Use of Cannabis for Agitation in Patients With Dementia

 logo“Studies have reported changes in the endocannabinoid system in the brain of patients with Alzheimer’s disease (AD), playing a role in the pathophysiology of AD. Cannabinoids have been shown to have neuroprotective properties, reduce neuroinflammation, and enhance neurogenesis. Evidence suggests that the utilization of marijuana products containing both tetrahydrocannabinol (THC) and cannabidiol (CBD) or CBD alone have been effective and safe for use in older people with agitation associated with dementia.

A review in 2017 summarized positive findings for therapeutic benefits of cannabinoids in agitation of AD and dementia, but there was no definitive conclusion because of varying cannabinoid products. Cannabinoids were shown to be well tolerated, with few short-term side effects. This differs from first-line medications utilized for dementia behaviors, which can have unwanted side effects. Further research regarding the safety, efficacy, and variability of these products in older people is needed.”

https://pubmed.ncbi.nlm.nih.gov/32600509/

https://www.ingentaconnect.com/content/ascp/tscp/2020/00000035/00000007/art00006;jsessionid=1ivcuvrvy4g1s.x-ic-live-03

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Can Physical Activity Support the Endocannabinoid System in the Preventive and Therapeutic Approach to Neurological Disorders?

ijms-logo“The worldwide prevalence of neurological and neurodegenerative disorders, such as depression or Alzheimer’s disease, has spread extensively throughout the last decades, becoming an enormous health issue.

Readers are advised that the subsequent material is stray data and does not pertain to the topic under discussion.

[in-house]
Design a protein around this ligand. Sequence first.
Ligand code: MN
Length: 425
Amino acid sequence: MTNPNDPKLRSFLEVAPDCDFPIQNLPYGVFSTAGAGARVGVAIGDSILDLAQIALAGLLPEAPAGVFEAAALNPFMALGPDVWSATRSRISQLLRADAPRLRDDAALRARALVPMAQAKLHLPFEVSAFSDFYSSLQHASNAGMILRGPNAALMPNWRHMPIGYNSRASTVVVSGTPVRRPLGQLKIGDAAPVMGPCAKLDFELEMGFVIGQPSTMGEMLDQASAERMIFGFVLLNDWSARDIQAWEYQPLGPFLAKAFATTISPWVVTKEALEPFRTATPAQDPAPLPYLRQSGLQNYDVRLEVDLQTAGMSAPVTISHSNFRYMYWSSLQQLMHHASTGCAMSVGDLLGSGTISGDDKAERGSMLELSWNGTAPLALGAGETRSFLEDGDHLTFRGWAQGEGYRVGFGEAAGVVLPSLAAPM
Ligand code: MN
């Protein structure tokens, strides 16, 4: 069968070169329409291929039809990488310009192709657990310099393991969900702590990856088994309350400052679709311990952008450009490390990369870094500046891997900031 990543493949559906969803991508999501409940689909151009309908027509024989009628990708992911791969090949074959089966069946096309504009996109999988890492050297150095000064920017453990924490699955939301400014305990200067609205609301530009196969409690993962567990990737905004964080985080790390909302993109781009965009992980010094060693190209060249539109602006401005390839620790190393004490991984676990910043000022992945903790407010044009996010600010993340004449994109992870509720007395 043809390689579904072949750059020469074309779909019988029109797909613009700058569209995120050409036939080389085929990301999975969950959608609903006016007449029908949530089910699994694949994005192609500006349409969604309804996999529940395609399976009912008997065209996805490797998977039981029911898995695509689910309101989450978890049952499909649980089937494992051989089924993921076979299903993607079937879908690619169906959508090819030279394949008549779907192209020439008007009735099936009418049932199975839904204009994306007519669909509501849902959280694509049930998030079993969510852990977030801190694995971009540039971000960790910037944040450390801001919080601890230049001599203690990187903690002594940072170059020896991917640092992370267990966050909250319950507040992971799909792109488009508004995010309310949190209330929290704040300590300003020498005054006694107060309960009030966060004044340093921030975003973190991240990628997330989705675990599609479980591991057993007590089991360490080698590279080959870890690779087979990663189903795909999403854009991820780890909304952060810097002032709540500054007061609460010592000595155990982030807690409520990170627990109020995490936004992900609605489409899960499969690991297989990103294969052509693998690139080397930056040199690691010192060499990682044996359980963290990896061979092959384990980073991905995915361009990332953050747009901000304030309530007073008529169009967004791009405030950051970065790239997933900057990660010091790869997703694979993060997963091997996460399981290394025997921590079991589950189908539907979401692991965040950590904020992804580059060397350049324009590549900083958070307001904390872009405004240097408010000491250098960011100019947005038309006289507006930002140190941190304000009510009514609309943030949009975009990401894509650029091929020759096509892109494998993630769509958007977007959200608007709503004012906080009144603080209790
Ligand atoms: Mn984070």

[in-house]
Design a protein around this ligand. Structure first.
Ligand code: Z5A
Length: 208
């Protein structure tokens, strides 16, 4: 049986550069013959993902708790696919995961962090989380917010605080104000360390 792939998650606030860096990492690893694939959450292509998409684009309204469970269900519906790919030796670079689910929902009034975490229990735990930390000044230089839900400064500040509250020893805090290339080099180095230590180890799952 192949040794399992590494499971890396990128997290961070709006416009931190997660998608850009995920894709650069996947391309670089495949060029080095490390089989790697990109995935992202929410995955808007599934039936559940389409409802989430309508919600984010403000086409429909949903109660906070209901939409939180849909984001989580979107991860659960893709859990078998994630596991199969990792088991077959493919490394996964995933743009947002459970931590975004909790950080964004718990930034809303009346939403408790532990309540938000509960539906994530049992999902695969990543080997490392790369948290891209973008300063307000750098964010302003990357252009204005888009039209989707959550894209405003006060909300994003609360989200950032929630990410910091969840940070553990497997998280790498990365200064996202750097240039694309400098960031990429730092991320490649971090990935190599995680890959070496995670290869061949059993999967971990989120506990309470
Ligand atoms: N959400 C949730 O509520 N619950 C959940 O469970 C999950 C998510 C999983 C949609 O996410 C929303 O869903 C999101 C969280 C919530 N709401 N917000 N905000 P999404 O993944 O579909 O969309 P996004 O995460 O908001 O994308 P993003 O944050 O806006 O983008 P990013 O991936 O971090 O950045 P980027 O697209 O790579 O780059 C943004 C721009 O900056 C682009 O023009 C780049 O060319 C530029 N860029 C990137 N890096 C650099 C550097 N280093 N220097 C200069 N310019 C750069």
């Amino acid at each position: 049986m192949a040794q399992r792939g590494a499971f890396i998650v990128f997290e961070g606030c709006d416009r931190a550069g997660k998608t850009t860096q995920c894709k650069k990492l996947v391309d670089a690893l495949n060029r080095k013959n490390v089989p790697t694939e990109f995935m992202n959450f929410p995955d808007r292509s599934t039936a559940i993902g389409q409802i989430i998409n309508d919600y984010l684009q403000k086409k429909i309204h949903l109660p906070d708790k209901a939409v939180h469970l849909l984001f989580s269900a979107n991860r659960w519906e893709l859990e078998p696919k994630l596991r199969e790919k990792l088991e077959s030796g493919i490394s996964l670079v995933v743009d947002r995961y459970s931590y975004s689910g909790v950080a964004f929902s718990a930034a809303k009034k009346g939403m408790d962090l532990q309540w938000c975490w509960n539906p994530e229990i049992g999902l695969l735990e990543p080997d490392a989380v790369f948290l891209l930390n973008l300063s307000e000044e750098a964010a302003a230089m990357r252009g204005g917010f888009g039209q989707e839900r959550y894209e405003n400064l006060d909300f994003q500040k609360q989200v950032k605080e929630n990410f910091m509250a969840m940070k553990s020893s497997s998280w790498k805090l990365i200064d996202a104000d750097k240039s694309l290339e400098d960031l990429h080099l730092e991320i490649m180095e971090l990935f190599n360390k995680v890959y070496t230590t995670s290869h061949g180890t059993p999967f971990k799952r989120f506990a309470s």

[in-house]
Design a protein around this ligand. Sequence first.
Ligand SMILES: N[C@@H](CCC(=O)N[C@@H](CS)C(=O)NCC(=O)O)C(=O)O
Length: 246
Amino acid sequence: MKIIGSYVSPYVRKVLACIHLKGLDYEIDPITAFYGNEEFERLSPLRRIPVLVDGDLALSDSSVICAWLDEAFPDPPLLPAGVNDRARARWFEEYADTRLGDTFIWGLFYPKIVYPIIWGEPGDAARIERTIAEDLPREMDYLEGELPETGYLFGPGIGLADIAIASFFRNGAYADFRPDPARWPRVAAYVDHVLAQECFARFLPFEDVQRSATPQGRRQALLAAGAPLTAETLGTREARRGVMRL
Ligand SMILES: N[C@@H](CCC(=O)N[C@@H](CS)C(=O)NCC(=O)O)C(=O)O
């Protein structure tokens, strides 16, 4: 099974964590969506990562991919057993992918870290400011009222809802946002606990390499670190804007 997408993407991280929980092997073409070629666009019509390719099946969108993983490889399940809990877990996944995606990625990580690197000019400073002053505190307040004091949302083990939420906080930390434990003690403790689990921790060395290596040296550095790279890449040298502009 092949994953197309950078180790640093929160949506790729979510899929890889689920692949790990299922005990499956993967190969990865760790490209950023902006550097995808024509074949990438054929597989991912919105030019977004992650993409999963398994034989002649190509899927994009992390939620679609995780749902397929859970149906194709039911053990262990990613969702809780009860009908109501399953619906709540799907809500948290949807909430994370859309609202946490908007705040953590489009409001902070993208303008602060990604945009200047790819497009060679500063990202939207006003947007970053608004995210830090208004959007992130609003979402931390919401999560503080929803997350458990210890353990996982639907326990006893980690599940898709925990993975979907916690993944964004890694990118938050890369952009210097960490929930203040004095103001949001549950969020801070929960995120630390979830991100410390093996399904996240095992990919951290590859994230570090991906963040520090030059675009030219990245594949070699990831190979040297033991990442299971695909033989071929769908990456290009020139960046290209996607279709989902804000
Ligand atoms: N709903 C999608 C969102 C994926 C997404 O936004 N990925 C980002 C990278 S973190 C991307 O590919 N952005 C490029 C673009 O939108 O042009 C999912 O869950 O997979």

Numerous data indicate a distinct correlation between the altered endocannabinoid signaling and different aspects of brain physiology, such as memory or neurogenesis. Moreover, the endocannabinoid system is widely regarded as a crucial factor in the development of neuropathologies. Thus, targeting those disorders via synthetic cannabinoids, as well as phytocannabinoids, becomes a widespread research issue.

Over the last decade, the endocannabinoid system has been extensively studied for its correlation with physical activity. Recent data showed that physical activity correlates with elevated endocannabinoid serum concentrations and increased cannabinoid receptor type 1 (CB1R) expression in the brain, which results in positive neurological effects including antidepressant effect, ameliorated memory, neuroplasticity development, and reduced neuroinflammation. However, none of the prior reviews presented a comprehensive correlation between physical activity, the endocannabinoid system, and neuropathologies.

Thus, our review provides a current state of knowledge of the endocannabinoid system, its action in physical activity, as well as neuropathologies and a possible correlation between all those fields. We believe that this might contribute to finding a new preventive and therapeutic approach to both neurological and neurodegenerative disorders.”

https://pubmed.ncbi.nlm.nih.gov/32545780/

https://www.mdpi.com/1422-0067/21/12/4221

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Cannabinoid as Beneficial Replacement Therapy for Psychotropics to Treat Neuropsychiatric Symptoms in Severe Alzheimer’s Dementia: A Clinical Case Report

CrossFit | 190629“Alzheimer’s Dementia (AD) is a devastating neurodegenerative disease that affects approximately 17% of people aged 75-84. Neuropsychiatric symptoms (NPS) such as delusions, agitation, anxiety, and hallucinations are present in up to 95% of patients in all stages of dementia. To date, any approved and effective pharmacological interventions for the treatment of NPS are still not available.

We describe a clinical case of a female patient diagnosed with AD with continuous cognitive decline and dementia-related behavioral symptoms. Between 2008 and 2019, the patient was examined half-yearly at the memory clinic of the Medical University of Innsbruck. At each visit, cognitive state and pharmacological treatment were evaluated. In addition, NPs were assessed by using the neuropsychiatric inventory (NPI). In 2018, the patient progressed to severe AD stage and presented with progressive NPs (anxiety, suspected delusions, agitation, aggressive behavior, and suspected pain due to long immobility).